The identity of Dr. Zodiac in the Chan film remains a mystery because he wears a mask and costume in public… The wearing of a costume is another link to the real Zodiac killer, as for one of his crimes he reportedly dressed in something which was remarkably similar to the one worn by Leslie Banks (1890-1952 stroke) in The Most Dangerous Game (1932). This film appears to be another major deadly influence as it is about a big game hunter who hunts humans for sport. I wonder if the Zodiac did his own sewing! He was definitely a movie fan and perhaps torturing and killing small animals around the time he first saw these movies…. Or did he see them later on the late, late show!!
A further link to the Zodiac’s costume is that it also resembles the one worn by Paul Kelly (1899-1956 heart attack) in the serial The Secret Code (1942). His character known as The Black Commando wears a silky black costume and a matching mask similar to that worn by Zodiac for one murder where a survivor described him. And with Secret Code in the title… Further Paul Kelly was known in gossip magazines going back to the 1940s for his conviction for manslaughter which saw him jailed. The actor literally got away with murder as he showed no remorse. Another inspiration!
Another link to the Zodiac killer and this Chan film is that in 1966 the Batman tv series featured a three-part episode, the first of which was entitled The Zodiac Crimes. They are perpetrated by the Penguin and the Joker and the Joker in that series was played by Cesar Romero – Rhadini. The story in Batman apparently included maps and codes being sent to the police…
The links between The Most Dangerous Game and the Zodiac killer are explored in the excellent movie Zodiac (2007) which ‘solved’ the killings by showing that circumstantial evidence surrounding suspect Arthur Leigh Allen (1933-92 heart attack) was far more than just that and seemed to point out that he definitely was the killer. He died suddenly before he could be officially charged. Allen was born in Honolulu where the Charlie Chan character is from and his name Leigh/Lee is similar to Lee Chan who appeared as the Number One son of Charlie Chan in earlier movies albeit not in Charlie Chan at Treasure Island. References of grandeur perhaps or something which could have obsessed the suspected killer.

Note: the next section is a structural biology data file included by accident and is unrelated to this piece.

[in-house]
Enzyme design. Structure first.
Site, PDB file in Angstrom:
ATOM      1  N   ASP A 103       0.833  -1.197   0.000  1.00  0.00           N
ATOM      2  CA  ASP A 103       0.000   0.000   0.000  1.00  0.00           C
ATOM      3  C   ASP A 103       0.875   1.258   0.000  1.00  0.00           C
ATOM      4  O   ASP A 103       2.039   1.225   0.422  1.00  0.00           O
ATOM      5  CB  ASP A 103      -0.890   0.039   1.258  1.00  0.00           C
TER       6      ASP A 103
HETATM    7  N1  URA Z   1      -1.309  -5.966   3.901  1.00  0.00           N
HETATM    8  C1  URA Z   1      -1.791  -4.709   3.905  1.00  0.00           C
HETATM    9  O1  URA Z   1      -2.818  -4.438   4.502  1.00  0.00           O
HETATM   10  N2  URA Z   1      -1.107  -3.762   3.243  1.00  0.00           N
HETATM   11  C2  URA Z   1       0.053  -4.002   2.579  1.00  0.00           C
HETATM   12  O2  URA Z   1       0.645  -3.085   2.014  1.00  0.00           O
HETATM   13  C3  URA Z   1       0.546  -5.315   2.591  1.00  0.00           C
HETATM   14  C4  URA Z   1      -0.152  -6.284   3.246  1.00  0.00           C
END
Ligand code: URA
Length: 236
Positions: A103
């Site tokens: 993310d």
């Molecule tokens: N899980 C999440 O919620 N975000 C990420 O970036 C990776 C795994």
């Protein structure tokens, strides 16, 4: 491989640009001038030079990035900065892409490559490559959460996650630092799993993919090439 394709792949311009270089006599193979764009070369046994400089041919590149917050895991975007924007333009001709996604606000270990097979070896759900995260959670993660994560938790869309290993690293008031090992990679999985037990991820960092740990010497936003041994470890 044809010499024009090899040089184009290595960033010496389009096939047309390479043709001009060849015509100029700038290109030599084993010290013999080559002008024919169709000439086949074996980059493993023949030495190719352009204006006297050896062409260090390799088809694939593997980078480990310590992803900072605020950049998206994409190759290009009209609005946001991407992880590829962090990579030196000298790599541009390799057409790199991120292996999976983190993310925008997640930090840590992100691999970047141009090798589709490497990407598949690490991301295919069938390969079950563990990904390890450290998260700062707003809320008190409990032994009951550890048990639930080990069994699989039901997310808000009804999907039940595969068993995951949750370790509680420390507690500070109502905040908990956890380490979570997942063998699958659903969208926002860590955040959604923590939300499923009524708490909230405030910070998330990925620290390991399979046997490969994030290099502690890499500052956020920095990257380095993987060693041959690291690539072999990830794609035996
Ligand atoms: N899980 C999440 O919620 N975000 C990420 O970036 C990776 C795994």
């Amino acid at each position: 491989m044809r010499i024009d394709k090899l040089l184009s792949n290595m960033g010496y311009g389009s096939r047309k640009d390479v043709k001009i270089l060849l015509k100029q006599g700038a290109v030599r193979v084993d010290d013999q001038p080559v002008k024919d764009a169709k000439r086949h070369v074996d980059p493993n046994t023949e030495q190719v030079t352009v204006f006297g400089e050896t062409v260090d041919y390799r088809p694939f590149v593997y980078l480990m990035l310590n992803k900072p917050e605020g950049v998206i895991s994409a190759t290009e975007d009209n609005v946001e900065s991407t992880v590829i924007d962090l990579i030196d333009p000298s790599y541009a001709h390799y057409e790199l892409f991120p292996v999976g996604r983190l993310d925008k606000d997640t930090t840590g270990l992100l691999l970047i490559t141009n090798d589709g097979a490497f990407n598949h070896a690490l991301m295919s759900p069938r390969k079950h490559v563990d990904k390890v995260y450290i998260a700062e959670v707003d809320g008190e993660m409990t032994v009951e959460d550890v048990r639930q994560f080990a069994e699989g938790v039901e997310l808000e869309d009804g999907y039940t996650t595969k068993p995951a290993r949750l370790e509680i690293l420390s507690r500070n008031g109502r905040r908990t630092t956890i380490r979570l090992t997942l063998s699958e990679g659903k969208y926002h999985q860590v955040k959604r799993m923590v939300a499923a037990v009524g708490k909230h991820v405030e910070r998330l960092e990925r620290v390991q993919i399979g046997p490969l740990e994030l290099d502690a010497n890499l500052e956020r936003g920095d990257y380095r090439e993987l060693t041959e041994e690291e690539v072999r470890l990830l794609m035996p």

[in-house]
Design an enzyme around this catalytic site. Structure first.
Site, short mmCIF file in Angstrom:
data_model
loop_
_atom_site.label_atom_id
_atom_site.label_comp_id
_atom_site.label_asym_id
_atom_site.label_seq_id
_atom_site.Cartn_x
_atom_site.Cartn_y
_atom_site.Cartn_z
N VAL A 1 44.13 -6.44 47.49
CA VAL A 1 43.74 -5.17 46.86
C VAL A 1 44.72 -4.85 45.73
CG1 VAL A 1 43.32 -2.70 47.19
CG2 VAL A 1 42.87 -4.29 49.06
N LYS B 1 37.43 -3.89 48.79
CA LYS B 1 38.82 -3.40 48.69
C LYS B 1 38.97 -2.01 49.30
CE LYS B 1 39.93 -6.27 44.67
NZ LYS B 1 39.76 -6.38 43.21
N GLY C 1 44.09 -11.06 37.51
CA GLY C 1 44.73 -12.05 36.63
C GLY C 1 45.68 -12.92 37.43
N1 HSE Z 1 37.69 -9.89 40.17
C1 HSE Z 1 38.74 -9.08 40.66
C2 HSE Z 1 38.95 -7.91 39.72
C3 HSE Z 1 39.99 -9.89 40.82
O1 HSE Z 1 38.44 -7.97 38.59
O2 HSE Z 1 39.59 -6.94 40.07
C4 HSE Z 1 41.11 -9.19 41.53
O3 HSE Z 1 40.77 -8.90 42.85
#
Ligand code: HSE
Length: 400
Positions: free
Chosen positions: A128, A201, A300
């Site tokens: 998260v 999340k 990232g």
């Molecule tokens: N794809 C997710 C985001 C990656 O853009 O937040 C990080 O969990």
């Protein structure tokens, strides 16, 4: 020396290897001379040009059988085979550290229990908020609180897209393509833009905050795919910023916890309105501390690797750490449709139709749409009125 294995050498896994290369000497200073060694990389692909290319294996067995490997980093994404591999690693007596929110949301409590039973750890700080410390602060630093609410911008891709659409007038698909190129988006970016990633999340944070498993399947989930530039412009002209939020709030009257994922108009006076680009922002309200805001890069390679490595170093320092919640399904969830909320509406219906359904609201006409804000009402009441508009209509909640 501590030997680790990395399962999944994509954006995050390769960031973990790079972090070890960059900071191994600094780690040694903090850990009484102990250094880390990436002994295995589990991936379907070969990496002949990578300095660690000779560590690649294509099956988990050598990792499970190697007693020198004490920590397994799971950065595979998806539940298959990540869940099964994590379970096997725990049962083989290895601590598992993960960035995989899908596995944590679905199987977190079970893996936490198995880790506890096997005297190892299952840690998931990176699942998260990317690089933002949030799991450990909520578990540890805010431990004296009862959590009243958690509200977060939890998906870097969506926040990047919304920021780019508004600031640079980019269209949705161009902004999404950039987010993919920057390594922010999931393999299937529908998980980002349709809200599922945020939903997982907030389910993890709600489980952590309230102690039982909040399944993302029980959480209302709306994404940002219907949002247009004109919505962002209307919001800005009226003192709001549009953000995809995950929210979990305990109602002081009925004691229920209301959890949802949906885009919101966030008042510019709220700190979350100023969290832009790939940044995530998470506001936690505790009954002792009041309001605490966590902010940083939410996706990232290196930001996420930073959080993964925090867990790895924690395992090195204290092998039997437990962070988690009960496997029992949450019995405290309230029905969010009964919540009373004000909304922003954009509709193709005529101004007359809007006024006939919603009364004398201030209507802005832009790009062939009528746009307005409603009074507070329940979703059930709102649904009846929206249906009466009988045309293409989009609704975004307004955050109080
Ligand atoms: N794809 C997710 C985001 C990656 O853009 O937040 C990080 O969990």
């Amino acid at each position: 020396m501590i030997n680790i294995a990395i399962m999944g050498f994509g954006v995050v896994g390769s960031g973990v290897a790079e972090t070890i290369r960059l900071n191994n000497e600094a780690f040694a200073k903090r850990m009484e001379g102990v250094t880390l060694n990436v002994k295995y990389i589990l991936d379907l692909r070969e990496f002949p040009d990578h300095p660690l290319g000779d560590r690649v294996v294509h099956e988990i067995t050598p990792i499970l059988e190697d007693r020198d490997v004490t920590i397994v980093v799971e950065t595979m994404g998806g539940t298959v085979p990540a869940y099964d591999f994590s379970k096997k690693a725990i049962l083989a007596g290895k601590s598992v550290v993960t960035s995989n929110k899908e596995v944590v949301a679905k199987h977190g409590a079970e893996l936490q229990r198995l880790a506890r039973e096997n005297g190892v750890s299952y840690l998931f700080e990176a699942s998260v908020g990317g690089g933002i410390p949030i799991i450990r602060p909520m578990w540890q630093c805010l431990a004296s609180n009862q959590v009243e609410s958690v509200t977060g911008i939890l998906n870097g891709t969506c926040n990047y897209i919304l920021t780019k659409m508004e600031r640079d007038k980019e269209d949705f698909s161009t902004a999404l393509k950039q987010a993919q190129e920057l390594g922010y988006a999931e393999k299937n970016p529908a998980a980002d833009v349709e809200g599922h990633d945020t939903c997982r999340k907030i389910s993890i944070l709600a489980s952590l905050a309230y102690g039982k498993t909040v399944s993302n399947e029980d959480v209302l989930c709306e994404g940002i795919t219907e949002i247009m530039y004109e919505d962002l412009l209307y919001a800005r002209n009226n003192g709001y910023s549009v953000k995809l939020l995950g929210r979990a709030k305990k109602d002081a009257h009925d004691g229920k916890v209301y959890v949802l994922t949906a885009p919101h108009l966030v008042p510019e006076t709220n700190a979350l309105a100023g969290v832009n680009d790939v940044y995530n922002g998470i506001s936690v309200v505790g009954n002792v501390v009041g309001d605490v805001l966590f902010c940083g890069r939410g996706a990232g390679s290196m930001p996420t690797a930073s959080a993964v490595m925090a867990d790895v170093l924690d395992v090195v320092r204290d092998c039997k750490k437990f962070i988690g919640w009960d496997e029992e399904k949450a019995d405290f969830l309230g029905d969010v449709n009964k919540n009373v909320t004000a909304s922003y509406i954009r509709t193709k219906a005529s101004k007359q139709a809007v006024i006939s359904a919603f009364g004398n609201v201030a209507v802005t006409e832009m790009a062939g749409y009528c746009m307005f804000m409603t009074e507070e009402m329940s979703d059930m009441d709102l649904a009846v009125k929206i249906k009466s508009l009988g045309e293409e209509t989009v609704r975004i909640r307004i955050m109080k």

However, since the production of the Zodiac movie, DNA evidence on the stamps and the letters sent to the newspapers at the time has shown to be unrelated to Arthur Leigh Allen, apparently exonerating him. But that’s not the end of it…
Back to the Chan movie and its apparent genesis in the creation of an elusive killer who thinks he is smarter than the police – he was certainly tricky – and this film was totally ignored as a part of the legend surrounding the killer in the Zodiac movie. Perhaps that was because 20th Century Fox owned the copyright to that movie and didn’t allow Paramount and Warner Bros. to use it. I haven’t read Robert Graysmith’s (1942-) book Zodiac, so I don’t know if it was mentioned heavily at all.
“Do not challenge the supernatural unless you are prepared to visit your ancestors,” reads a note to Charlie Chan, possibly from Dr. Zodiac, in a more than veiled threat.
It is interesting that in the fiction of the movie that Dr. Zodiac doesn’t make the distinction between the supernatural i.e. ghosts and the psychic realm of mind-reading…
When we are introduced to Dr Zodiac, it is with the presentation by his servant that he is “The Eye of Allah…”. The Eye of Allah is also a story by early 20th Century writer and journalist Rudyard Kipling (1865-1936 perforated duodenal ulcer) about the early discovery of the microscope and how science was not ready for it. The same perhaps goes for DNA as its discovery and its possibilities go back far before the Zodiac killer operated and he could have been savvy to its future uses… It appears the Zodiac was a reader as well as a movie nut.
“Dr. Zodiac man of great ego, enjoys using power to dominate lives of others. Advise caution,” says Chan during the movie after his first meeting with the strange looking Dr. Zodiac in costume.